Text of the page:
From humble bread round to top courier

A cut throat business!
A cut throat business!
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WARD’S WORLD: By madcap inventor John Ward

Sometimes I can go for ages, well almost, and not see folk I have grown up with or at about the same time, but in this instance it was Ron who I bumped into, in a manner of speaking, only seeing him in a side profile from the start as we went through the revolving doors of a well-known shopping emporium. Both of us collided at the very same time or, to be technical, at just gone quarter past ten in the morning mode, not the night one, as they close at six o’clock anyway.

I looked twice at him as he appeared to have half his head shaven rather close to the head bone, or skull bit as it’s sometimes called. His opening line of “Don’t even ask” gave me a slight inkling that things were not as they should be and the saga unfolded thus:

It seems he was in the barber’s chair having one of his twice-yearly trim-ups, and it was going rather well – until a large, fast-moving, European-made vehicle of the four-wheeled breed had a slight set-to with the vehicle in front and they collided and, at this point, Ron quickly turned his head on hearing the crash, as it was dead outside the shop. In the process, his barber did not straightaway notice, and, more to the point, nor did the electric trimmer – it was going East trimming his hair as Ron’s head suddenly swung round going West, and thus it took a hefty chunk of his hair away due to the trimmer being all but stationary.

I said that he was lucky that it didn’t take his right earhole off in the process and he said he was glad as well, as he was waiting for his new hearing-aid to be delivered and not only that, how would he manage to wear his glasses as he relies on both earholes to hold them up? Give Ron his due; he knows what he needs to keep him going.

Ron was looking to buy a hat or similar covering to partly hide the suddenly-acquired, rather trendy hairdo and I tactfully pointed out that perhaps a Balaclava might be the ideal model, at which I had a rather blank stare back.

As I don’t really see a lot of him these days and I won’t crack the one about he works in a camouflage clothing factory either, so to sort of take the heat away from his current predicament I enquired about his brother, ‘Getaway Car Ray’ as he was known in our circle, but before your mind runs riot – or not – I will point out that he was not in the bank robbery malarkey or similar line of cash-repatriation business, but a mere dispatch or courier type driver of the small but valuable sort of important items that were perhaps too large for a motorcycle courier to deliver. Family history bit now unfolds, so yawn as you will at this point.

He was for some years a bread man, who went out in his van delivering loaves, rolls and suchlike in those not-so-far-off days before the onslaught of supermarkets, etc. Ray was there with the personal touch as he delivered in-town and to outlying villages around our area and his banter was quite good: “Our French sticks are freshly made locally” or “the Swiss rolls are so fresh you can see the ski marks still on ’em” and “the baker slipped this morning getting stuff out the oven, so he’s re-labelled it all as ‘Upside Down cake’ ” and so on. But as with all good things, it came to an abrupt end due to the march of the big retailers and Ray and his fellow bakery workers were made redundant in the process.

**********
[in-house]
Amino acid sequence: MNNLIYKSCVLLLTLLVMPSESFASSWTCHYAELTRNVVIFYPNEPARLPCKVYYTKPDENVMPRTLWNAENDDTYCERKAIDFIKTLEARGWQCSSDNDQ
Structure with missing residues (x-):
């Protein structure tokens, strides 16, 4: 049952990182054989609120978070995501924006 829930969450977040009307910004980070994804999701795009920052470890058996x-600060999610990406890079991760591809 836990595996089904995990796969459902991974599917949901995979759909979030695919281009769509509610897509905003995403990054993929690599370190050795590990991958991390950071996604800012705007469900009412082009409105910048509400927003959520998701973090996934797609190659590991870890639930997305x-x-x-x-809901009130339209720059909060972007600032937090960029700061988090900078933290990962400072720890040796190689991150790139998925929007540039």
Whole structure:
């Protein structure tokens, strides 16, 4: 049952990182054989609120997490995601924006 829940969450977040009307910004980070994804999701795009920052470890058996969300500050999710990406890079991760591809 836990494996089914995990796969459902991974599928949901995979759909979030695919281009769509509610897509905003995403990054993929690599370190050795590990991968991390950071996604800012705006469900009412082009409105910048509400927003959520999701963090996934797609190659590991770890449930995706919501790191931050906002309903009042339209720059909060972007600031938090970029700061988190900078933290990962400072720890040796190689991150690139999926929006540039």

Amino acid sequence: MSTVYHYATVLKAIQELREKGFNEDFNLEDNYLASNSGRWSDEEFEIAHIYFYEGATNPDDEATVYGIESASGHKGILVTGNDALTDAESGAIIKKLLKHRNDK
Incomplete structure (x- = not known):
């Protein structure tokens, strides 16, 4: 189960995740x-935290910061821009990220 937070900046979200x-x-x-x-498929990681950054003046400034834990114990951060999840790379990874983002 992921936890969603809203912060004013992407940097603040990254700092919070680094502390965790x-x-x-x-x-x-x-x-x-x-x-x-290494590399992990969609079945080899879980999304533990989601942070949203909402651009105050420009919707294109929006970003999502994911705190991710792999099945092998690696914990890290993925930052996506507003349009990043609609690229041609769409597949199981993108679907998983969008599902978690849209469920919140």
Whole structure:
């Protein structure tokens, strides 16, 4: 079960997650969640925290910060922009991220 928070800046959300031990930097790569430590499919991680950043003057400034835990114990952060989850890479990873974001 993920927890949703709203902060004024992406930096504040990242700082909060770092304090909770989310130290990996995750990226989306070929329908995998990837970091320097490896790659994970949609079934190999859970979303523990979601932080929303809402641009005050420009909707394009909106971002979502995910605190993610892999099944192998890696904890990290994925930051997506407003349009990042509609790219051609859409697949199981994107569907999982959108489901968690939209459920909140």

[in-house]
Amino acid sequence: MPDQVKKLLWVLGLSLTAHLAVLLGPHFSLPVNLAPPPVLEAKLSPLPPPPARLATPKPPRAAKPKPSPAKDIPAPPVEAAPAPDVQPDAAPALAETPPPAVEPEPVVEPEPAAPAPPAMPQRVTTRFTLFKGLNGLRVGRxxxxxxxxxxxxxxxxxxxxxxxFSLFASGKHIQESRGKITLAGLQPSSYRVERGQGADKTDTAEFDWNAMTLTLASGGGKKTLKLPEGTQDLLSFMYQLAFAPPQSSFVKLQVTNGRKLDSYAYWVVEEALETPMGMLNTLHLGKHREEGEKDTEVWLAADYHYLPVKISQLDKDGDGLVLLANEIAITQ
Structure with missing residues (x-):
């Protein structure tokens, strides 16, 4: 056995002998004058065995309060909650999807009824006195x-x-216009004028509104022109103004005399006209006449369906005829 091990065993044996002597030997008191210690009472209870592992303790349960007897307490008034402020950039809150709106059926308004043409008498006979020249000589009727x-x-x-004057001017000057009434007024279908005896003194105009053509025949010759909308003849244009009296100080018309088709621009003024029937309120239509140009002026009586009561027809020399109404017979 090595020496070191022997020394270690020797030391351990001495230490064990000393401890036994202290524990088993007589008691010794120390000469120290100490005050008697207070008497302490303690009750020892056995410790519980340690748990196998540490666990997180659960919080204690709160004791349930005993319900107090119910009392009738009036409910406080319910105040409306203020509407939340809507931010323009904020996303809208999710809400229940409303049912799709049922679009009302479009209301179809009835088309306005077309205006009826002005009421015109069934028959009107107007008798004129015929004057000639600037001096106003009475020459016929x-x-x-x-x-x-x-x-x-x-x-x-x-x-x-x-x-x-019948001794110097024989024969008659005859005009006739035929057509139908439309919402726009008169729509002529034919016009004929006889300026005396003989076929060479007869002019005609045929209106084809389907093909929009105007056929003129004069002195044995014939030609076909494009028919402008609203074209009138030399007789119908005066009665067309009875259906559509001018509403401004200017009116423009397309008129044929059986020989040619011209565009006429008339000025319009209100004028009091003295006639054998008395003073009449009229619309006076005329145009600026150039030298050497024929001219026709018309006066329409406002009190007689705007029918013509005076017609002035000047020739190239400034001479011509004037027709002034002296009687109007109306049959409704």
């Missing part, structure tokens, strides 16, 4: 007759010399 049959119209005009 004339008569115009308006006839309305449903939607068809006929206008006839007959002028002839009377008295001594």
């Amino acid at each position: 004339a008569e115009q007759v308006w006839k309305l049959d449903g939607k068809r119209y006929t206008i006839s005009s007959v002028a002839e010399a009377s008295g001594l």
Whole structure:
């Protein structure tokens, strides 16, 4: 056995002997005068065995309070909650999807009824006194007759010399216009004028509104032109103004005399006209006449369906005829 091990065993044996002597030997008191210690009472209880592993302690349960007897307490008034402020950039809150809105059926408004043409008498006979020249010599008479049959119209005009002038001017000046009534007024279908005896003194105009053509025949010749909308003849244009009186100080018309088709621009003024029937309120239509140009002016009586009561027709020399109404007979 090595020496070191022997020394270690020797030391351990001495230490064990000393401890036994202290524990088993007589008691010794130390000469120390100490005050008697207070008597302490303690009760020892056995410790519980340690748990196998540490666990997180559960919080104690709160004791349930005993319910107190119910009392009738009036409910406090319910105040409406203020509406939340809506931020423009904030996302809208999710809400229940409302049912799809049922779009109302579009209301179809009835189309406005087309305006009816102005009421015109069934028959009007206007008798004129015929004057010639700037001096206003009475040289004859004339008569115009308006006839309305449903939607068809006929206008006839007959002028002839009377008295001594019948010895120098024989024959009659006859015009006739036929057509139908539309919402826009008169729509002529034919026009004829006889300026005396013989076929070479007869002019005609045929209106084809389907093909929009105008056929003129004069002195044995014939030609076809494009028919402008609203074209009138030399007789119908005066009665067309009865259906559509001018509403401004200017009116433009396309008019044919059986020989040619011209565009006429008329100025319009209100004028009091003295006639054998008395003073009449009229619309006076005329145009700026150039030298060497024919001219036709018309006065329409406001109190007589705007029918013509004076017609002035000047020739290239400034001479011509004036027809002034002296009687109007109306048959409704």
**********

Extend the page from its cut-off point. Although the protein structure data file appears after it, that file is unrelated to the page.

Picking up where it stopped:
On hearing of his plight and with an impeccable record – think it was a Frank Sinatra one, although he also had cassettes as they fitted the car radio better – in what would be now called Customer Services, word reached the ear (which is the best way to receive such things) of a firm looking for a reliable driver who specialised in direct delivery of small but important items by car or light van. This is how Ray came to be called Getaway Car Ray: his humble but happy background in dealing with delivery of bread, excitement amounted to some folk kicking up that there was not enough sugar on the doughnuts (nowadays this would be a case for a possible custodial sentence with the dreaded, nearly outlawed sugar substance, of course) or “those French sticks you sold me were not French enough”, (yes, really), or on the odd occasion running out of petrol – the van, not Ray, as he drank tea if he was driving ... and that was about it, really.

So the move from delivering humble loaves of bread and cakes to everyday addresses, to delivering expensive items to exclusive dwellings and swish residences, even on occasion to places with a Royal connection – and by this I don’t mean the Duke of Wellington pub or similar boozing establishments – meant that on hearing where his next assignment would be taking him, Ray’s response would mostly be “Geddaway! What? In my car?” as his eyes bulged in their sockets. Some of these locations were hundreds of miles away and he only knew of them as places he had read about or seen on television; hence after the first few jobs, he gained the name of Getaway Car Ray.

So if any of you are even thinking of ringing Crimestoppers based on the above, forget it.

Back to Ron then, as it seems Ray has now retired and given up the driving lark and all he does now is drive his “significant other half” mad, as he has now taken up a hobby…wait for it, wait for it…baking. Yes, baking, the very thing he started out by delivering the proceeds from. I jokingly asked him if we were alright for the occasional fruit cake, and he said he hadn’t seen his cousin Eddie for some time now, but he still sends a Christmas card every year. Geddaway, I thought.